William Hamilton: Checkmate Iran with a Cold War concept | SkyHiNews.com

William Hamilton: Checkmate Iran with a Cold War concept

William Hamilton / Central View
Grand County, CO Colorado

The United States has no vital interests at stake in Libya’s civil war. So, why are American and NATO troops in harm’s way in Libya? Because Hillary Rodham Clinton and Barack Hussein Obama are engaged in a cojones-measuring contest aimed more at the Democratic Presidential Primary than the unlikely demise of Libyan dictator, Moammar Gadhafi.

Don’t be fooled that turning the job of ousting the Libyan dictator over to NATO means U.S. forces are scarcely involved. NATO is first, last, and always a U.S. creation whose main military might depends on U.S. forces and technology.

Instead of Libya, our focus should be on Iran’s nuclear-weapons program, on Iran’s support of terrorism, and on Iran’s ability to close off our supply of oil from the Persian Gulf. But wait. What if Iran’s neighbor, Saudi Arabia, suddenly has “access” to nuclear weapons while Iran, as yet, does not?

Here is a proven Cold War concept for making Iran’s nuclear weapons development program moot while, at the same time, keeping the waters of the Persian Gulf and the entire region’s waters open for the shipment of oil around the world:

In the 1950s, the U.S. Army Artillery Center at Ft. Sill, Okla., developed howitzers and missiles capable of delivering nuclear warheads. To counter the Soviet Cold War threat, NATO nations, including: the United Kingdom, West Germany, the Netherlands, Greece, Italy, and Turkey purchased U.S.-made 8-inch and 155mm howitzers. In addition, some NATO nations bought Honest John rockets and/or the Corporal, Lacrosse, and Sergeant Missiles from the United States.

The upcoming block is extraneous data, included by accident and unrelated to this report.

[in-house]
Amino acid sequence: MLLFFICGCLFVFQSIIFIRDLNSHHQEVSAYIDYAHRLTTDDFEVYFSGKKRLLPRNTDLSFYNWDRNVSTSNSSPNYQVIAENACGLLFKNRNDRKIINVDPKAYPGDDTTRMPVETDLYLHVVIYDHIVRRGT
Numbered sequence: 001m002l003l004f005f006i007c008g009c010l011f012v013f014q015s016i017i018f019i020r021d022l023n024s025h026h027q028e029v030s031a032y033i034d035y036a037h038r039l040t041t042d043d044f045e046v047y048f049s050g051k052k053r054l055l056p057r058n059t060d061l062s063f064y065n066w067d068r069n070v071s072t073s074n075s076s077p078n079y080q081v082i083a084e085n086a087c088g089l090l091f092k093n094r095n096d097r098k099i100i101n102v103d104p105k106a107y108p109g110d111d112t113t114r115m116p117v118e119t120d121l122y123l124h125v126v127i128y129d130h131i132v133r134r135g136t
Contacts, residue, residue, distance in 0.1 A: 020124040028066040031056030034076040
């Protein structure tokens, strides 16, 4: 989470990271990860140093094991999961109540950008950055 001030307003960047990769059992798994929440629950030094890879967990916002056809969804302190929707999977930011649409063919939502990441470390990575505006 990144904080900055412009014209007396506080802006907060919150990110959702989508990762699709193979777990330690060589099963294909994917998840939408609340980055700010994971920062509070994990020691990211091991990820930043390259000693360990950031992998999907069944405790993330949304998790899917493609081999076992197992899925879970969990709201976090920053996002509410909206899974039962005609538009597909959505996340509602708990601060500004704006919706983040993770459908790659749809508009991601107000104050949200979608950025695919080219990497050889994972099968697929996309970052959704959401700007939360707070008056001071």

In return, the U.S. agreed to station nuclear-weapons custodial detachments in those NATO countries. The mission of each custodial detachment was to keep its nuclear warheads in readiness and only release them to their host nations on the orders of the president of the United States. (For two years, this writer helped provide counterintelligence support for U.S. nuclear weapons detachments in West Germany and the Netherlands.)

Recommended Stories For You

At no time did our NATO allies have possession of our nuclear warheads. But had the president of the United States so ordered, the nuclear warheads would have been readily available for firing at invading Soviet ground forces.

So, here is a proposal for Saudi Arabia: “You agree to halt all funds flowing out of Saudi Arabia in support of Islamic jihad. You agree to accept a dozen or so U.S. nuclear-weapons custodial detachments on Saudi soil. You agree to let us build cruise missile sites in such a way that the missiles can be fired only in the direction of Iran. We agree to sell you the missiles, although the missiles will be programmed internally to fly only toward Iran. We keep custody of the nuclear warheads. You pay all the costs.”

Thus, instead of Iran eventually towering over the Persian Gulf and the Middle East with nuclear weapons, Saudi Arabia would have the capability – but only with our concurrence – of reducing Iran’s key facilities to irradiated dust. Thus, it becomes pointless for Iran to continue its nuclear-weapons development program; proving, once again, that nukes work – even when not fired.

Pros: The Saudis stop funding terrorism lest we withdraw our nuclear warheads, leaving them, once again, at the mercy of Iran. Our maritime oil-supply lines are more secure. The Iranians must respect the U.S. lest we enable the Saudis to nuke them. The Saudis cannot turn the missiles on Israel. The Saudis pay for the entire program. We start getting some of our gasoline money back. Cons: The Saudi Sunnis might rather bow down to the Iranian Shiites than accept U.S. custodial detachments on Saudi soil. Well, maybe, not.

Someone call Hillary. Even at 3 a.m.

Nationally syndicated columnist, William Hamilton, was educated at the University of Oklahoma, the George Washington University, the U.S Naval War College, the University of Nebraska, and Harvard University.

Go back to article